Cape Elizabeth Land Trust says the wide carriage trails at its new Davis Parcel allow for people to enjoy their walk shoulder to shoulder. Contributed / Cape Elizabeth Land Trust

The Cape Elizabeth Land Trust on Sunday officially opened trails on 15 acres of newly acquired land off Spurwink Avenue.

The land trust has had its eye on the Davis Parcel for a long time because it is a “trifecta of conservation,” according to Executive Director David Briman.

“It’s part of a significant habitat block, it’s got amazing recreational opportunities and it provides undeveloped protection for a portion of water that goes out into Casco Bay; it’s part of the Casco Bay watershed,” Briman said.

Arlen Davis sold the land that has been in his family for generations to the land trust. The family built wide carriage trails for horses on the property over the last 60 years. Davis’ mother was “a very accomplished equestrian,” Briman said.

The wide trails makes the Davis Parcel unique compared to other land trust properties.

“Unlike other trails in our area where you’re walking single file with your buddies or your family, this is shoulder to shoulder,” Briman said. “It’s definitely a different feel.”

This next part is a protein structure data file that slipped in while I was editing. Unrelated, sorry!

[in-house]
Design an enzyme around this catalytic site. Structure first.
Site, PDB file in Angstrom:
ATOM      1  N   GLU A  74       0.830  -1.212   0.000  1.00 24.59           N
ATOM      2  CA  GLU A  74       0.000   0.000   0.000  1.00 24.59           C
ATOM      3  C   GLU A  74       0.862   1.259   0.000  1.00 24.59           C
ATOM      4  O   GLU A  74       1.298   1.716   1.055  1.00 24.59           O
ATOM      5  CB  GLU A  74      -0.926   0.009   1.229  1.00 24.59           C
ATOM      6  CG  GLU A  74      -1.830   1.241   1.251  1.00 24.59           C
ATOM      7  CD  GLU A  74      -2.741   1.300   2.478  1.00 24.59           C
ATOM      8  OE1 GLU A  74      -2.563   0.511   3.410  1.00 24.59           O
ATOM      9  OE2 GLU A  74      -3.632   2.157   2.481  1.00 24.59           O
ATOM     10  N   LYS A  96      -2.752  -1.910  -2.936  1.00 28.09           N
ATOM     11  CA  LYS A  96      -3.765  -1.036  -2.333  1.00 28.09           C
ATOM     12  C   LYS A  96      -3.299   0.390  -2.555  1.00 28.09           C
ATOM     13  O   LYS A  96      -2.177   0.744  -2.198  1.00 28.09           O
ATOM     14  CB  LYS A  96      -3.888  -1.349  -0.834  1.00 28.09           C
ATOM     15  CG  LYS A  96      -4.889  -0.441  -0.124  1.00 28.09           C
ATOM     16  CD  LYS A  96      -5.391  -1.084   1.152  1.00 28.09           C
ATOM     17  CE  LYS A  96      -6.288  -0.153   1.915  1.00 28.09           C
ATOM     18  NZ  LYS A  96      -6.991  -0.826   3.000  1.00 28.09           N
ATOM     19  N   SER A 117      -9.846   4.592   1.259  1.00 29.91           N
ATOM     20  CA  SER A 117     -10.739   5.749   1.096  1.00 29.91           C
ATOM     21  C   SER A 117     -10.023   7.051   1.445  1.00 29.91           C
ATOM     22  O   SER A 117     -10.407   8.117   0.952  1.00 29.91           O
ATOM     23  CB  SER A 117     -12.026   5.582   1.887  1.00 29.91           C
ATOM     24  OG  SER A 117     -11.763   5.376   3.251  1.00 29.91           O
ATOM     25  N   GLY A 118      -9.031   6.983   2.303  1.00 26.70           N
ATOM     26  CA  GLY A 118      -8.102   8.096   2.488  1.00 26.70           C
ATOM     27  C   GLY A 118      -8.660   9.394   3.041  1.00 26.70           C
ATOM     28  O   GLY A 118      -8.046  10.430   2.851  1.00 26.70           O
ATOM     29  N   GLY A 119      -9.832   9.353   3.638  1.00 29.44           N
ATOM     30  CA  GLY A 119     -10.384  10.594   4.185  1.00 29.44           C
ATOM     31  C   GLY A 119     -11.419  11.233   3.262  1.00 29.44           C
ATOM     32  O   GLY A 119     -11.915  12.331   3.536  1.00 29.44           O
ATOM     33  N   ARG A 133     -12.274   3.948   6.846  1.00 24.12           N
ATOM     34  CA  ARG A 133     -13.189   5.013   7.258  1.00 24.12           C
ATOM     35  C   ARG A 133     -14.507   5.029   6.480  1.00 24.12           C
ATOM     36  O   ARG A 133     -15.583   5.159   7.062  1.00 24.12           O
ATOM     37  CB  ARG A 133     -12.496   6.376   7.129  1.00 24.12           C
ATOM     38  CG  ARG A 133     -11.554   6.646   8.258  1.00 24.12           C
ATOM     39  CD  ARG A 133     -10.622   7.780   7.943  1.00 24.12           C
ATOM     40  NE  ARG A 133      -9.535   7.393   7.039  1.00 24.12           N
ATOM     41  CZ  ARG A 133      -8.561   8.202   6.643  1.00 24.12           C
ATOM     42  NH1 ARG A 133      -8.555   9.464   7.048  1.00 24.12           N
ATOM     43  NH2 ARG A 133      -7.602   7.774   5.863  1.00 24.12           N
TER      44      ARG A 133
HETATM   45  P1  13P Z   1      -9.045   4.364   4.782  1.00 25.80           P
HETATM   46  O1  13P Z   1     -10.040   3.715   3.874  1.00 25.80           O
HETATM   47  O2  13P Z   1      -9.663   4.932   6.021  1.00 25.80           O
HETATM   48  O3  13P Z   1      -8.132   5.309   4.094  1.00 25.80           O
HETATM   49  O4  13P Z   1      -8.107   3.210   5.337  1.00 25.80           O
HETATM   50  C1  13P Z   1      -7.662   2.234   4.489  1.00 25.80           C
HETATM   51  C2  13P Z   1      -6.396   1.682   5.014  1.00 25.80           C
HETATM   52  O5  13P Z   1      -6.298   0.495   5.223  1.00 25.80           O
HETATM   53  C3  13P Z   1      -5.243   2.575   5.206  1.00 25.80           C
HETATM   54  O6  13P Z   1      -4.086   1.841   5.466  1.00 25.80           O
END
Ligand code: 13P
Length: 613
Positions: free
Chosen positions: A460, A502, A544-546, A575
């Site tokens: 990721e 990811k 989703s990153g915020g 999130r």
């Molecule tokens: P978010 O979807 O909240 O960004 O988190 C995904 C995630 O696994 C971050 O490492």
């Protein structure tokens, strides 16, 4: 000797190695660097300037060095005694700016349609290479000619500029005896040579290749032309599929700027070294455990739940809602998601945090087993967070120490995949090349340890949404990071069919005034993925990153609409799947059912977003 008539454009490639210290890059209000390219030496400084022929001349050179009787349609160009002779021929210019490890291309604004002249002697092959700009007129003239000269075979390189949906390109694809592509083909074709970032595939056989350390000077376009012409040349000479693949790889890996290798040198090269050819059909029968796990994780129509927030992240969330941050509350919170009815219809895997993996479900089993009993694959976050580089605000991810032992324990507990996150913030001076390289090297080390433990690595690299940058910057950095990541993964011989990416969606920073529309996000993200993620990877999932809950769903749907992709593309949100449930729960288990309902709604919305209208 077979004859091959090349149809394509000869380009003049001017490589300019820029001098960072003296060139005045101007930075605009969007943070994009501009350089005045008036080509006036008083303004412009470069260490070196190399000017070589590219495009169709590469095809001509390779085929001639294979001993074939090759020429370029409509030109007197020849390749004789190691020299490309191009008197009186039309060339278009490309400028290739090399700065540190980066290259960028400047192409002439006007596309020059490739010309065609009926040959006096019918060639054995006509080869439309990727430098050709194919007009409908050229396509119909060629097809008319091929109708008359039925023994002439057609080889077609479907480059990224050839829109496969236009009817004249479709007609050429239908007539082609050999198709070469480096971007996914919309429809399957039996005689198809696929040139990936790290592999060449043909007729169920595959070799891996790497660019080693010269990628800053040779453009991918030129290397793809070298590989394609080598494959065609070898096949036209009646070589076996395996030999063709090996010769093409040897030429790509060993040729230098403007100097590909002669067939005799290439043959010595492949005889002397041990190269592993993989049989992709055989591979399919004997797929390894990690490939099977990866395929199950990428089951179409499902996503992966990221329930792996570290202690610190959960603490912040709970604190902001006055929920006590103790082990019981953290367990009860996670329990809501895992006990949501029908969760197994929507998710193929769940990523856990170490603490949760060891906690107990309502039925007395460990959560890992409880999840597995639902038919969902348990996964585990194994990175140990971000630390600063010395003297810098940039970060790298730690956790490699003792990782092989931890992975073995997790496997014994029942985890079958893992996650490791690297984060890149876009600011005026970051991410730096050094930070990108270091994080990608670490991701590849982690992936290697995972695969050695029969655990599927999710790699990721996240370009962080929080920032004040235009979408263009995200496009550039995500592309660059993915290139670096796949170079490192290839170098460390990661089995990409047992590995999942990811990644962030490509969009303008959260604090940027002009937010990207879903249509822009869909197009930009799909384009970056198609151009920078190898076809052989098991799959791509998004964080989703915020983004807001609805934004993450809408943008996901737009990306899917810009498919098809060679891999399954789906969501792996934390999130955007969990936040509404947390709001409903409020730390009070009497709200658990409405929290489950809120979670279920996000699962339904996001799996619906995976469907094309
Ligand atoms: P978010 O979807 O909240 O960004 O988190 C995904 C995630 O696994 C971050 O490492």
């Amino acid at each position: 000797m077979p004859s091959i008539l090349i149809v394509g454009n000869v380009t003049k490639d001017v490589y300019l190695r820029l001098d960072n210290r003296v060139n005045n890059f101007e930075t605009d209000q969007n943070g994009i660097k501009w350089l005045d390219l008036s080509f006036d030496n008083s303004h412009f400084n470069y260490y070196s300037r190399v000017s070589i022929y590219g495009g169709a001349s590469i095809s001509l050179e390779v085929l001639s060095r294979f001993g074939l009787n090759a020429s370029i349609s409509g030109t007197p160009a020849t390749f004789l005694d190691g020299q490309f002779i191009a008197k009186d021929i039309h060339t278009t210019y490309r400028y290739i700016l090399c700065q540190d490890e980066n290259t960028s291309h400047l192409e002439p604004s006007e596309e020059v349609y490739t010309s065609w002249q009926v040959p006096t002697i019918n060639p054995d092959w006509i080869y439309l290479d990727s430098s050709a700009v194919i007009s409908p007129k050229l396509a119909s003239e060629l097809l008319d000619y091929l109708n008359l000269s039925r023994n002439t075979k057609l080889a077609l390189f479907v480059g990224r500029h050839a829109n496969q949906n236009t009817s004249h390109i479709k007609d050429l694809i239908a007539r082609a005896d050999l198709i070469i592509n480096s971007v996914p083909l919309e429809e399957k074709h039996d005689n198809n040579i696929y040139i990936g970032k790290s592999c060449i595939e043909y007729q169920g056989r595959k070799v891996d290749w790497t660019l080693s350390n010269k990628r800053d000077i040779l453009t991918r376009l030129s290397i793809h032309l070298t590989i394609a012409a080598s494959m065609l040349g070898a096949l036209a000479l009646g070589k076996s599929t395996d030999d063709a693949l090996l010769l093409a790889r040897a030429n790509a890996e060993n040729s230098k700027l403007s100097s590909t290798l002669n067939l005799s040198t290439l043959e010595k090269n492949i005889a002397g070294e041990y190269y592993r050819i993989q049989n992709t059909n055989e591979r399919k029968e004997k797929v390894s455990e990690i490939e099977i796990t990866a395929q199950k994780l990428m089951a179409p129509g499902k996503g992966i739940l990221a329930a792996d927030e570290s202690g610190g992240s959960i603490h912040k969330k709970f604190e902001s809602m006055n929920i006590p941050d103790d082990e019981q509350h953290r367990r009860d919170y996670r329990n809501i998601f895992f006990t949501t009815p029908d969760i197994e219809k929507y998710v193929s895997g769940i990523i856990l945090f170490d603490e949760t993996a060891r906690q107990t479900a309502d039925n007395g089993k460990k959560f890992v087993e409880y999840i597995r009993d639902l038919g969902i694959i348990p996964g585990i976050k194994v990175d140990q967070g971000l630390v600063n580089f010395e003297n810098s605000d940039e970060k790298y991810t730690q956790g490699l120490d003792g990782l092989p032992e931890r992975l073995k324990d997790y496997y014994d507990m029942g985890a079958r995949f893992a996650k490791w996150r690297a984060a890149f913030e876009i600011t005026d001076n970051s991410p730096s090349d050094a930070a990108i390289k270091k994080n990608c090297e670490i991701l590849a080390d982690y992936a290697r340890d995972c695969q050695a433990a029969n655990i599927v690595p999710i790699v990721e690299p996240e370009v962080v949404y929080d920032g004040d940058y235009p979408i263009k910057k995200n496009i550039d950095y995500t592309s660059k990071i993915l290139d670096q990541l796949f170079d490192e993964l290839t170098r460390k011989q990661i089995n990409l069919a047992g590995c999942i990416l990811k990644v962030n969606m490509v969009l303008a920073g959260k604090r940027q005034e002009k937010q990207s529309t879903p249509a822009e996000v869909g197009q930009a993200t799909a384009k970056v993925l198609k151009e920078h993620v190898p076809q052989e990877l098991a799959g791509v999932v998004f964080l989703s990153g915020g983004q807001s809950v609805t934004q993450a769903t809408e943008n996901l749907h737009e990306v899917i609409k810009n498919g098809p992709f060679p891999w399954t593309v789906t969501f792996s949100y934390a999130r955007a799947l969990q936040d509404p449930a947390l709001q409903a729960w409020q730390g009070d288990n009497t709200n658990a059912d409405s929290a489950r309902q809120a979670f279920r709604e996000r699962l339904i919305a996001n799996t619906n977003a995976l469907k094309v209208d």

Davis has volunteered to maintain the trails for the land trust.

“He’s just carefully continued to maintain these trails all these years and even continues to, notwithstanding the fact that he sold us this piece of property,” Briman said.

Other than the trails, the land is basically untouched, thanks to the Davis family’s decades of conservation efforts, said Chris Tullmann, vice president of the land trust.

“It hasn’t been impacted by much development,” he said. “It’s been preserved and protected for a long time within the family.”

Tullmann said Davis “has been incredible to work with. He very much cares about the property and its legacy.”

In recent weeks, the land trust completed a connecting trail from the Davis Parcel to its Cross Hill trail network. That network connects to the Dyer-Hutchinson Trail, which, in turn, connects to the Winnick Woods trail network.

Briman says he hopes not just Cape Elizabeth residents but others in Greater Portland will use the new trails, noting their proximity to Scarborough and South Portland.

“The only reason we do this in the first place is for the public,” Briman said. “That’s the payoff. It’s not just when we conserve the property, it’s when we get to see other people actually go out and enjoy it.”

For more information on the Davis Parcel and the June 9 grand opening of the trail, go to the land trust’s website,, or call 767-6054.

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